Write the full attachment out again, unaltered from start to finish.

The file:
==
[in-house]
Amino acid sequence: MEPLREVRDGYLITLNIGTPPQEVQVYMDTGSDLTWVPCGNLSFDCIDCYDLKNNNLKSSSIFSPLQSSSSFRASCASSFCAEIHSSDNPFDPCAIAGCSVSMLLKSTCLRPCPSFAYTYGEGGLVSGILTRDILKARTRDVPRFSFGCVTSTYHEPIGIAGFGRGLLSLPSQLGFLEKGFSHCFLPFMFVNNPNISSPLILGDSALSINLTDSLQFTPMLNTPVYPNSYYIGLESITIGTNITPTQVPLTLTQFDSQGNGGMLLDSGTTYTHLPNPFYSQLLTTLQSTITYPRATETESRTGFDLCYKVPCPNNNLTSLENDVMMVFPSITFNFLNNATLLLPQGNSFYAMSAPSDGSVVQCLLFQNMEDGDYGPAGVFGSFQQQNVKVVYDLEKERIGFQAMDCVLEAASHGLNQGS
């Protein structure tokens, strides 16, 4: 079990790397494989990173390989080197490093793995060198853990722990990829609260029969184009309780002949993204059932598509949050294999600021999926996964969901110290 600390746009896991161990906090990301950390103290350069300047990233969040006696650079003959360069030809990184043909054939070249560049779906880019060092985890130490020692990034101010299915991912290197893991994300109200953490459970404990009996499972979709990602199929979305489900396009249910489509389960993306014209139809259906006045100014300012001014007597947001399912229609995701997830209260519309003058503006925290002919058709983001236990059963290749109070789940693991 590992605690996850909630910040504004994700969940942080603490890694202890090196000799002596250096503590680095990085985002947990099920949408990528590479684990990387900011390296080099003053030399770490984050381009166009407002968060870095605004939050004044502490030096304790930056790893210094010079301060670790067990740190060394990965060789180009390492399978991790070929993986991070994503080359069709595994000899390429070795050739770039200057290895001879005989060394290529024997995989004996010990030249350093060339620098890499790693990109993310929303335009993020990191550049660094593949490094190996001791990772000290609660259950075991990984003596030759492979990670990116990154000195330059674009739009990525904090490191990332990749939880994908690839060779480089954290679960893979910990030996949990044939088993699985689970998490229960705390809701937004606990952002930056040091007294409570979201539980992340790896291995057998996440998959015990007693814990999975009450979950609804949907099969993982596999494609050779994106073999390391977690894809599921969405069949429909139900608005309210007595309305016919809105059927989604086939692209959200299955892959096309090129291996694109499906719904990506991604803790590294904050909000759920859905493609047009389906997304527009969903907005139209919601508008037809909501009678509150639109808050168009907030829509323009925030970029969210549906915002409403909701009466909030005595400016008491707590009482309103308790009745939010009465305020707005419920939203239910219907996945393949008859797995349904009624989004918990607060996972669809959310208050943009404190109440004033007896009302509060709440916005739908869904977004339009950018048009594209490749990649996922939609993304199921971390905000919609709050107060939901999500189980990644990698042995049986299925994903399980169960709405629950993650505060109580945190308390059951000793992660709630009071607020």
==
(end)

[in-house]
Amino acid sequence: MEPLREVRDGYLITLNIGTPPQEVQVYMDTGSDLTWVPCGNLSFDCIDCYDLKNNNLKSSSIFSPLQSSSSFRASCASSFCAEIHSSDNPFDPCAIAGCSVSMLLKSTCLRPCPSFAYTYGEGGLVSGILTRDILKARTRDVPRFSFGCVTSTYHEPIGIAGFGRGLLSLPSQLGFLEKGFSHCFLPFMFVNNPNISSPLILGDSALSINLTDSLQFTPMLNTPVYPNSYYIGLESITIGTNITPTQVPLTLTQFDSQGNGGMLLDSGTTYTHLPNPFYSQLLTTLQSTITYPRATETESRTGFDLCYKVPCPNNNLTSLENDVMMVFPSITFNFLNNATLLLPQGNSFYAMSAPSDGSVVQCLLFQNMEDGDYGPAGVFGSFQQQNVKVVYDLEKERIGFQAMDCVLEAASHGLNQGS
């Protein structure tokens, strides 16, 4: 079990790397494989990173390989080197490093793995060198853990722990990829609260029969184009309780002949993204059932598509949050294999600021999926996964969901110290 600390746009896991161990906090990301950390103290350069300047990233969040006696650079003959360069030809990184043909054939070249560049779906880019060092985890130490020692990034101010299915991912290197893991994300109200953490459970404990009996499972979709990602199929979305489900396009249910489509389960993306014209139809259906006045100014300012001014007597947001399912229609995701997830209260519309003058503006925290002919058709983001236990059963290749109070789940693991 590992605690996850909630910040504004994700969940942080603490890694202890090196000799002596250096503590680095990085985002947990099920949408990528590479684990990387900011390296080099003053030399770490984050381009166009407002968060870095605004939050004044502490030096304790930056790893210094010079301060670790067990740190060394990965060789180009390492399978991790070929993986991070994503080359069709595994000899390429070795050739770039200057290895001879005989060394290529024997995989004996010990030249350093060339620098890499790693990109993310929303335009993020990191550049660094593949490094190996001791990772000290609660259950075991990984003596030759492979990670990116990154000195330059674009739009990525904090490191990332990749939880994908690839060779480089954290679960893979910990030996949990044939088993699985689970998490229960705390809701937004606990952002930056040091007294409570979201539980992340790896291995057998996440998959015990007693814990999975009450979950609804949907099969993982596999494609050779994106073999390391977690894809599921969405069949429909139900608005309210007595309305016919809105059927989604086939692209959200299955892959096309090129291996694109499906719904990506991604803790590294904050909000759920859905493609047009389906997304527009969903907005139209919601508008037809909501009678509150639109808050168009907030829509323009925030970029969210549906915002409403909701009466909030005595400016008491707590009482309103308790009745939010009465305020707005419920939203239910219907996945393949008859797995349904009624989004918990607060996972669809959310208050943009404190109440004033007896009302509060709440916005739908869904977004339009950018048009594209490749990649996922939609993304199921971390905000919609709050107060939901999500189980990644990698042995049986299925994903399980169960709405629950993650505060109580945190308390059951000793992660709630009071607020």